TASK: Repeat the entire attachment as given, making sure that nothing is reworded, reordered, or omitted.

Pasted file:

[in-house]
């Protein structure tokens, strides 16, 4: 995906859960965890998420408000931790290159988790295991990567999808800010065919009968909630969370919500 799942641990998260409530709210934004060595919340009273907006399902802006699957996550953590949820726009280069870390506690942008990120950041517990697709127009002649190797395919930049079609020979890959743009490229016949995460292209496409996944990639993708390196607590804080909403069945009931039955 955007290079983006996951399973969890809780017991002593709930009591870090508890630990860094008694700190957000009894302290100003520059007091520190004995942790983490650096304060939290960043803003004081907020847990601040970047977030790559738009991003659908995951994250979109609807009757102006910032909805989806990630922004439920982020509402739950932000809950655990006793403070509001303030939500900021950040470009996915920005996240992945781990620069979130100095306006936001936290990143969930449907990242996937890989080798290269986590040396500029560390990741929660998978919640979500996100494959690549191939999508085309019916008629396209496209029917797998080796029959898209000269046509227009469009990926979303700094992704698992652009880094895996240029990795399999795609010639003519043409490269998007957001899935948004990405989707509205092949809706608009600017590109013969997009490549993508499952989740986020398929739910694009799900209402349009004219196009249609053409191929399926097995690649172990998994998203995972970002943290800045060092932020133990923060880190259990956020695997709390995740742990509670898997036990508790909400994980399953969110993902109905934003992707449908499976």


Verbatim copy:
[in-house]
């Protein structure tokens, strides 16, 4: 995906859960965890998420408000931790290159988790295991990567999808800010065919009968909630969370919500 799942641990998260409530709210934004060595919340009273907006399902802006699957996550953590949820726009280069870390506690942008990120950041517990697709127009002649190797395919930049079609020979890959743009490229016949995460292209496409996944990639993708390196607590804080909403069945009931039955 955007290079983006996951399973969890809780017991002593709930009591870090508890630990860094008694700190957000009894302290100003520059007091520190004995942790983490650096304060939290960043803003004081907020847990601040970047977030790559738009991003659908995951994250979109609807009757102006910032909805989806990630922004439920982020509402739950932000809950655990006793403070509001303030939500900021950040470009996915920005996240992945781990620069979130100095306006936001936290990143969930449907990242996937890989080798290269986590040396500029560390990741929660998978919640979500996100494959690549191939999508085309019916008629396209496209029917797998080796029959898209000269046509227009469009990926979303700094992704698992652009880094895996240029990795399999795609010639003519043409490269998007957001899935948004990405989707509205092949809706608009600017590109013969997009490549993508499952989740986020398929739910694009799900209402349009004219196009249609053409191929399926097995690649172990998994998203995972970002943290800045060092932020133990923060880190259990956020695997709390995740742990509670898997036990508790909400994980399953969110993902109905934003992707449908499976």